Today’s release of another study on the rising use of ad blockers has sparked a new round of hand-wringing over the software’s blow to the online ad industry. Some $22 billion will be lost worldwide this year, according to the report from Adobe and PageFair, an Irish company that helps advertisers get some of that lost ad revenue back.
Sounds scary! But the concerns are overblown, at least for now. Here’s why:
* It’s still a relatively small percentage of people especially in the U.S., where only 15% of users employ ad blocking, according to the study.
And the U.S. is by far the most lucrative ad market in the world. So in the places where most online companies advertise, they’ll continue to reach the vast majority of users.
* Only desktop ads are getting blocked for now. And we all know we’re rapidly approaching the time when most of the ads we see will be on our mobile devices. So the fastest-growing ad market, on mobile devices, isn’t even affected yet, not least because app stores such as Google’s don’t allow ad blocking apps. …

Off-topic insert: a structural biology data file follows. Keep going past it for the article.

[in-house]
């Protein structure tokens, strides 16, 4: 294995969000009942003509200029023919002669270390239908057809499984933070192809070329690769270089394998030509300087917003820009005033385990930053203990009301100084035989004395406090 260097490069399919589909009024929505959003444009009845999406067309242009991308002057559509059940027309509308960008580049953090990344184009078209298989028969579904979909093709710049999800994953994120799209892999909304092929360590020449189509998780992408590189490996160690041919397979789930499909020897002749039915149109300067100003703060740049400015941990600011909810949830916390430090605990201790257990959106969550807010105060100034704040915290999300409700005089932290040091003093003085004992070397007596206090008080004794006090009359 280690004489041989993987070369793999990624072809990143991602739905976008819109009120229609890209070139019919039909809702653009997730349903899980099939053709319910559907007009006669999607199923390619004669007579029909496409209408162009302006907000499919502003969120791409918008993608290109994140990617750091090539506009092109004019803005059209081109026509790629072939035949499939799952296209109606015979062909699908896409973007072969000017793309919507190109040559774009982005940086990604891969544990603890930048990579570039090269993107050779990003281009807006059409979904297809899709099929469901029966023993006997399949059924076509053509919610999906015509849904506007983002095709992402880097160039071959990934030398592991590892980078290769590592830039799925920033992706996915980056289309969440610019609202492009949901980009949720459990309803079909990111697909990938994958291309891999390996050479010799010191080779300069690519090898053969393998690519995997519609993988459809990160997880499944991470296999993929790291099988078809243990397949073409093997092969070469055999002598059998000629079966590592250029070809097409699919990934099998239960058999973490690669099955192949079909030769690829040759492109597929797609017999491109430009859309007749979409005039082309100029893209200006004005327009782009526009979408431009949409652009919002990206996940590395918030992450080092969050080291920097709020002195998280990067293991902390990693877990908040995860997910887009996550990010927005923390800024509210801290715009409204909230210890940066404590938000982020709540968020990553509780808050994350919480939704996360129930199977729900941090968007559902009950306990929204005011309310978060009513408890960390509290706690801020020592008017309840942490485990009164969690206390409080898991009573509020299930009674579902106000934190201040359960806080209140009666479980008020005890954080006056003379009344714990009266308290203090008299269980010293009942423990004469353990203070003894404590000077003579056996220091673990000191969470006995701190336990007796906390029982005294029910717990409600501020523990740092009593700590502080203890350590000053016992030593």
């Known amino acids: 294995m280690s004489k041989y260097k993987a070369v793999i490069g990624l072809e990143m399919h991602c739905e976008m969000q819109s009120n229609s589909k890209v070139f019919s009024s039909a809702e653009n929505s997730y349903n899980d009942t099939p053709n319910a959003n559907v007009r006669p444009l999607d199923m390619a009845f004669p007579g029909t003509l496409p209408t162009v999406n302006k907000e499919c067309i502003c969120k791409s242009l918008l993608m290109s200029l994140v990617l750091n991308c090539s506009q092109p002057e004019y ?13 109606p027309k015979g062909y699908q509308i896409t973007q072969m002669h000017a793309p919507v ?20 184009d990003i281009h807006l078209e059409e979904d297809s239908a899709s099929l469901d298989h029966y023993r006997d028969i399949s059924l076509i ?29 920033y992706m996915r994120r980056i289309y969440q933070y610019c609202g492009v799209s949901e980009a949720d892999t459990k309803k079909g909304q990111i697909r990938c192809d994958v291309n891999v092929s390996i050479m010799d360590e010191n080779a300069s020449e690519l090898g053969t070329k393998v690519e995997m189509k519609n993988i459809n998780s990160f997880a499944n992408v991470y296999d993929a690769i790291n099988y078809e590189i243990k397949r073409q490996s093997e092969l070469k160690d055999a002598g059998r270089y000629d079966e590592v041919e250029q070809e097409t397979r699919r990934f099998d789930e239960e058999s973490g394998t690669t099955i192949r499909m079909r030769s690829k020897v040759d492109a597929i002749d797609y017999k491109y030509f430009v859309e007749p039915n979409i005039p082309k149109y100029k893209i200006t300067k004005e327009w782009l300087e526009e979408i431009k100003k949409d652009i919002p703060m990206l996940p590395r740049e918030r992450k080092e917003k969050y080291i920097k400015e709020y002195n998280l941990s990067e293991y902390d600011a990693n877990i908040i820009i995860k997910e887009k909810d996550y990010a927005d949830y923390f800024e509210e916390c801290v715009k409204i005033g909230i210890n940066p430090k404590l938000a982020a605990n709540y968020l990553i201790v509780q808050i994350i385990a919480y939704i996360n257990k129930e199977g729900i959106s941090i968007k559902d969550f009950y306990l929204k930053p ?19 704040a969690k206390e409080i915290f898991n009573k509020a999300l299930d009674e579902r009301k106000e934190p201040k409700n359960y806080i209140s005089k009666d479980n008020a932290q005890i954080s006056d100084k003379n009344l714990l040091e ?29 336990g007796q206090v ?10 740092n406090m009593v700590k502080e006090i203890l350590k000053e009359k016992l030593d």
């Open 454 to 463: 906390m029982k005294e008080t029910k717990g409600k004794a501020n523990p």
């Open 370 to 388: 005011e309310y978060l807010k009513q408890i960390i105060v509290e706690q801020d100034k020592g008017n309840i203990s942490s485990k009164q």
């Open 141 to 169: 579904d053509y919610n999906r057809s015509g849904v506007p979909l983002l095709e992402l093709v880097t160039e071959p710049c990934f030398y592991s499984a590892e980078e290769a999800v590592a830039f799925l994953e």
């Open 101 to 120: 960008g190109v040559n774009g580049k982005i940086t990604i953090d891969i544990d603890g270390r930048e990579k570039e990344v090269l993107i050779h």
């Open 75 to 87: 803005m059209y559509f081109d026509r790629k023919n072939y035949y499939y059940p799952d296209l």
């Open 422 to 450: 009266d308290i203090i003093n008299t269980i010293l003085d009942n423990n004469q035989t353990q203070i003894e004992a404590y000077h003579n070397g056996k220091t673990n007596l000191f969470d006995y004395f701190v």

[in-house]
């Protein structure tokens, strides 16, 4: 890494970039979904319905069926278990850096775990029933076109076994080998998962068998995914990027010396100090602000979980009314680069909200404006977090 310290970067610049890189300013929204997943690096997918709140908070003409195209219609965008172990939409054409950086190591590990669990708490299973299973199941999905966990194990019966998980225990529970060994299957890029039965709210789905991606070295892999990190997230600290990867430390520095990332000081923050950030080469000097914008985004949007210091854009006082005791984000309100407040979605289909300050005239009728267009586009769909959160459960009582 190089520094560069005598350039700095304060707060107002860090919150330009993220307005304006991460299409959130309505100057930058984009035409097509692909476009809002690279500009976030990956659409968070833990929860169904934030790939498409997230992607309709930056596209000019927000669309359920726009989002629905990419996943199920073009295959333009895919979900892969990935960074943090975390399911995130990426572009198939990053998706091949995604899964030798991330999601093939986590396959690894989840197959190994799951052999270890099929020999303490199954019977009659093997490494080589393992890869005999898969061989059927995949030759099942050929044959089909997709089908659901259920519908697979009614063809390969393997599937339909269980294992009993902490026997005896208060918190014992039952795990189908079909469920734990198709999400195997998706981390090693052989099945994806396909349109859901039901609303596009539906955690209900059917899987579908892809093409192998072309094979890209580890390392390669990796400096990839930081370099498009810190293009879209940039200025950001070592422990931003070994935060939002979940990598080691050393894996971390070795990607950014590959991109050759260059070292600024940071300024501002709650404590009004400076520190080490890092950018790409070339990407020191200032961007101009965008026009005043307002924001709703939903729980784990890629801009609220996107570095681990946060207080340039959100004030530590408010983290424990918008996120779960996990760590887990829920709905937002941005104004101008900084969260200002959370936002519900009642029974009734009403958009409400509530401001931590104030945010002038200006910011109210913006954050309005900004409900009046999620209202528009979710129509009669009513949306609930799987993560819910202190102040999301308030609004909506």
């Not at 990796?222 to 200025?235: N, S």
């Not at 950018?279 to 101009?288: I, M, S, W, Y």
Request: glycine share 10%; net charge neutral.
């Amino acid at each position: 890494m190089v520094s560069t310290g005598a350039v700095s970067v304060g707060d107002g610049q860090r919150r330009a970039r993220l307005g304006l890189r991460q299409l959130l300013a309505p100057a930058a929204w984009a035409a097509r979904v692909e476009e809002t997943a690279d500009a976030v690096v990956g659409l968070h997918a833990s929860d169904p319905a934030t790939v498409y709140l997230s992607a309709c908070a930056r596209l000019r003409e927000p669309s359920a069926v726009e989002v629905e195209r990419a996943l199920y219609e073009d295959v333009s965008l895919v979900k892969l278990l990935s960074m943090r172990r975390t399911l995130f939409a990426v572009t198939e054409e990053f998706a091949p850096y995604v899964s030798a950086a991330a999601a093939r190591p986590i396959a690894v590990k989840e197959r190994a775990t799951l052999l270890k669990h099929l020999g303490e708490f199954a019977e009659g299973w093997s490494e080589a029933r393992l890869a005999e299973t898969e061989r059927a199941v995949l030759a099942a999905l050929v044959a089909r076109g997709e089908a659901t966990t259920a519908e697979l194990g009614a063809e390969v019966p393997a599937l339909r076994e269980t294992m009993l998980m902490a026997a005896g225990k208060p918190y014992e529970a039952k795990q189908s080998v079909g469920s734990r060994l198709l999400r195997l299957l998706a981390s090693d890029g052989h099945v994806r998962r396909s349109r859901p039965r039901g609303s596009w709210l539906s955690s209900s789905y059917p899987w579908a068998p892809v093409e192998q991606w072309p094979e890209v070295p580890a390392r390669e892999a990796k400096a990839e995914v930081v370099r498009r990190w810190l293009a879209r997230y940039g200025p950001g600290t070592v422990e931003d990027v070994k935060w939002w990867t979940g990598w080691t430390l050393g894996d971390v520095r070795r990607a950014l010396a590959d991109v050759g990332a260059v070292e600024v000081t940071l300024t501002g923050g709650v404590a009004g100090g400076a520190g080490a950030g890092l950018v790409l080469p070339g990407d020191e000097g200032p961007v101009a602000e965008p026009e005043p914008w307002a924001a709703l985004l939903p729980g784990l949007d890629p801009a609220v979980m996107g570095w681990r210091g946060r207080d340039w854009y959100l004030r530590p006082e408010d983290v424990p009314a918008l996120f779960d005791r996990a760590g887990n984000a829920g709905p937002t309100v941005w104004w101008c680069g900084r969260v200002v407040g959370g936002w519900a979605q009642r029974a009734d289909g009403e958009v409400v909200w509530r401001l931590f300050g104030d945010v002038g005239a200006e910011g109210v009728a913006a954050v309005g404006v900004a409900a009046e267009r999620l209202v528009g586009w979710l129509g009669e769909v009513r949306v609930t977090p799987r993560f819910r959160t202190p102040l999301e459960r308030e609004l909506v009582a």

All this isn’t to say advertisers shouldn’t be concerned. They should be. The ad blocking trend line doesn’t bode well for brands that expect to keep reaching people as easily online as they have everywhere else.
But advertisers that create ads that aren’t intrusive and may even be useful have less to fear. Those that keep trying to shovel pop-ups and annoying mortgage come-ons? They probably deserve to lose business anyway.